The French philosopher Bernard-Henri Levy, writing in The Tablet, has only just discovered the fascinating story of General Jack Jacob, but his name will be familiar to Point of No Return readers.
It’s quite a story.
This story may seem unlikely in this era of generalized war between cultures, civilizations, and religions. And I am grateful to British journalist Ben Judah for having brought it to light in an article that appeared in the Jewish Chronicle the day after the visit to Israel of Indian Prime Minister Narendra Modi.
The time is December 1971. The place is the territory then known as East Pakistan. Separated by 1,600 kilometers from West Pakistan, this Bengali part of Pakistan has been in rebellion since March.
The central government in Islamabad, rejecting the secession of what will eventually become Bangladesh, is engaged in a merciless repression, the cost of which, in lives, remains unknown even today, almost a half-century later. Half a million people may have died, of perhaps a million, 2 million, or more.
On Dec. 3, India decides to enter the conflict, to “interfere,” as one would put it today, in the domestic affairs of its neighbor so as to stop the bloodbath. The fighting rages.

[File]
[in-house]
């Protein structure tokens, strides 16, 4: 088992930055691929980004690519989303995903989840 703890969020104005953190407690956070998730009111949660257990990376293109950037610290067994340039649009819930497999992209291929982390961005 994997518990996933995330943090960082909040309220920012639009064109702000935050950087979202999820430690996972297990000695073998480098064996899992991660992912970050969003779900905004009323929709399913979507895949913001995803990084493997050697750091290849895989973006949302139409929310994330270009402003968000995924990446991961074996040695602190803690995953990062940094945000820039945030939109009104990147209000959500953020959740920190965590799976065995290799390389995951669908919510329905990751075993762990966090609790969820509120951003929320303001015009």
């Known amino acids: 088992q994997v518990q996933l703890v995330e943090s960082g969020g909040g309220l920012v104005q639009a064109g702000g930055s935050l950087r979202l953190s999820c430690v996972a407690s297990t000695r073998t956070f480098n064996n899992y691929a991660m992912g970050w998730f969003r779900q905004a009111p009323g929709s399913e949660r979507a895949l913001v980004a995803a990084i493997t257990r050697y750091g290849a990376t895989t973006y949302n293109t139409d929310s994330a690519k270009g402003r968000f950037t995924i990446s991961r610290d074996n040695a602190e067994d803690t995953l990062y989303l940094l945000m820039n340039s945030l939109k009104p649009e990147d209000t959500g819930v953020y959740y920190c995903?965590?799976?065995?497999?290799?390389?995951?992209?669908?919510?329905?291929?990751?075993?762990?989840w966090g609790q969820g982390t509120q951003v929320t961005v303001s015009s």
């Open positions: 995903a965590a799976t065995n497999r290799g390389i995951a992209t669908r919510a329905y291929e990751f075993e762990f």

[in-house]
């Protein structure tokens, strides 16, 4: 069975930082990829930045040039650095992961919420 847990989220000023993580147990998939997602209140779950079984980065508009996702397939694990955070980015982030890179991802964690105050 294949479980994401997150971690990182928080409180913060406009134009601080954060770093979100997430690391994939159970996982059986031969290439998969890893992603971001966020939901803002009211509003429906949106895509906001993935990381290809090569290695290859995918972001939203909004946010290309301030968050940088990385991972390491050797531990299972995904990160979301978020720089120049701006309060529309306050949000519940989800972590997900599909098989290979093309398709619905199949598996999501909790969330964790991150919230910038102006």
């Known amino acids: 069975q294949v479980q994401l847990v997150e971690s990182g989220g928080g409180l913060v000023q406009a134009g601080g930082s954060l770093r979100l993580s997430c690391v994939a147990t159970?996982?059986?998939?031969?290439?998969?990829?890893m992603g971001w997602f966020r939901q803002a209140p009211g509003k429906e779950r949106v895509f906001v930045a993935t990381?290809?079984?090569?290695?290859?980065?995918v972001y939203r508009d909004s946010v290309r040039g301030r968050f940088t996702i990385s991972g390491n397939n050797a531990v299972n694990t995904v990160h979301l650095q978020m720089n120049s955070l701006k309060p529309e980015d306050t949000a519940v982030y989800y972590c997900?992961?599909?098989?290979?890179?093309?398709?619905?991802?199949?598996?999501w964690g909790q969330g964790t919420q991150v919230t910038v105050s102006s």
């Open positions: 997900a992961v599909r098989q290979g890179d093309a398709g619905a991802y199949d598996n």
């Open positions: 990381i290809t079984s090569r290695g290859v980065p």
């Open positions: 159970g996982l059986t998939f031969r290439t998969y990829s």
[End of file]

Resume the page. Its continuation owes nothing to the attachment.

The Bengali freedom fighters, known as the Mukti Bahini, now supported by India, become increasingly daring.
New Delhi’s strategy is to build up slowly and gradually, a decision. This strategy seems to many ill-suited to the Bangladesh of the day, a terrain of few roads, major rivers, and innumerable marshes. Thirteen days into the new phase of the war, with the Pakistanis having massed 90,000 troops around Dacca, the capital, against the Indians’ 3,000, New Delhi appears to be stuck and has hardly boxed itself into the beginnings of a siege. And it is at this moment that a high-ranking Indian officer, without notifying his superiors, takes a plane, lands in Dacca, presents himself to General Niazi, head of the Pakistani forces and pulls off one of the most spectacular bluffs in modern military history: “You have 90,000 men,” the Indian officer tells Niazi. “We have many more, plus the Mukti Bahini, who are full of the vengeance of their people and will give no quarter. Under the circumstances, you have only one choice: to persist in a fight that you cannot win or to sign this letter of surrender that I have drafted in my own hand, which promises you an honorable retreat. You have half an hour to decide; I’ll go have a smoke.”
Niazi, falling into the trap, chooses the second option. To the world’s amazement, 3,000 Indian soldiers accept the surrender of 90,000 Pakistanis. Tens of thousands—no—hundreds of thousands of lives on both sides are spared.
And Bangladesh is free!
The story might have ended there.
Except that the general behind the masterly coup that makes him godfather to a new Muslim country is Jewish. His name is Jack Jacobs.